A strong faith network affects neighborliness and generosity even more than the frequency with which one participates in religious activities and spiritual practices. In other words, it is a faith-based social network formed through simple things like making friends at church, chatting at coffee hour following church service, joining a small group, or even discussing religion or theology with friends and family that is a far greater contributor to the level of generosity and altruism that person exhibits than the frequency with which a person attends worship services. In fact, according to Putnam and Campbell, an atheist who is socially involved in a church community is more likely to volunteer than a believer who worships in isolation.
Religious communities – like all communities – have their drawbacks and my own faith in organized religion is frequently called in doubt. But accepting a religious community requires the recognition that a religious community is flawed, just as each of its human components is flawed. It is not the commission of mistakes, but the response to the mistakes, that matter.
Religion is not about regular Sunday church attendance. Religion is not about making the sign of the cross or genuflecting or saying the “Our Father.” Religion is not even about a devout and unwavering belief in God.
Religion is about deliberate and intentional behaviors and practices within a faith-based community that allow grace, compassion, love and forgiveness to thrive. Religion is about drawing on the support of God through the presence of a supportive community. Religion is about the awareness of the things in our life that may be out of sync with living a graceful and grace-filled life, and purposefully trying to correct those flaws.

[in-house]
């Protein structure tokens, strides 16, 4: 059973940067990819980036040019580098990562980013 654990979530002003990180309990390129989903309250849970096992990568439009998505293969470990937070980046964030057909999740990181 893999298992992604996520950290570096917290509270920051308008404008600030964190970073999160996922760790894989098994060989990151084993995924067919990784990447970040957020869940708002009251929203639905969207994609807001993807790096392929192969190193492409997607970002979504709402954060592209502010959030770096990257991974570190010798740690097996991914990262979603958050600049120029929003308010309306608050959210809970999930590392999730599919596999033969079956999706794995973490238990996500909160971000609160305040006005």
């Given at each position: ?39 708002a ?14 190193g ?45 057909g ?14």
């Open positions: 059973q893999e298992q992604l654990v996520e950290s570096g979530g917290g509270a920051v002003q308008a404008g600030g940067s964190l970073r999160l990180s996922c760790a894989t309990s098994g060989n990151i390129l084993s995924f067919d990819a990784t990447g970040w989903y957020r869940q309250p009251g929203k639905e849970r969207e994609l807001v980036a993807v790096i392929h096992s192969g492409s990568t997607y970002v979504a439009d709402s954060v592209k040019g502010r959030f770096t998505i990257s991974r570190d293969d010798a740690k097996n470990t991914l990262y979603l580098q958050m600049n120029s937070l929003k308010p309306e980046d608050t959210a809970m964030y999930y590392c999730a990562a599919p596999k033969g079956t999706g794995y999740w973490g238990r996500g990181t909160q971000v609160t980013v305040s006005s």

By refocusing religion on the communities that it creates, we can rid ourselves of the characterizations of fear, judgment, and rigidity that many of us have come to associate with religion. We are free to create our own definitions of what it means to engage in spiritual practices within a religion. Spirituality and religion need not be “two poles on the continuum,” but spirituality and religion can be part and parcel of each other, each of which is sustained by a vibrant community.
Religion is often associated with regular church attendance and, for some, worship services are a crucial part of their personal religious and spiritual practices. For others, religion need not be so narrowly defined. For the past four years I have been part of a small faith group – there are about five of us – that meets monthly over dinner to talk about God and social justice, personal struggles and work stress, emotional failures and successes, spirituality and religion. Some of us go to church on a regular basis, many of us don’t. Some of us believe in God, some of us doubt. What we lack in rules and rituals, shared beliefs and theology, we more than make up for through our supportive, intentional, contemplative, and grace-filled community. And it is in that community, that our group is religion.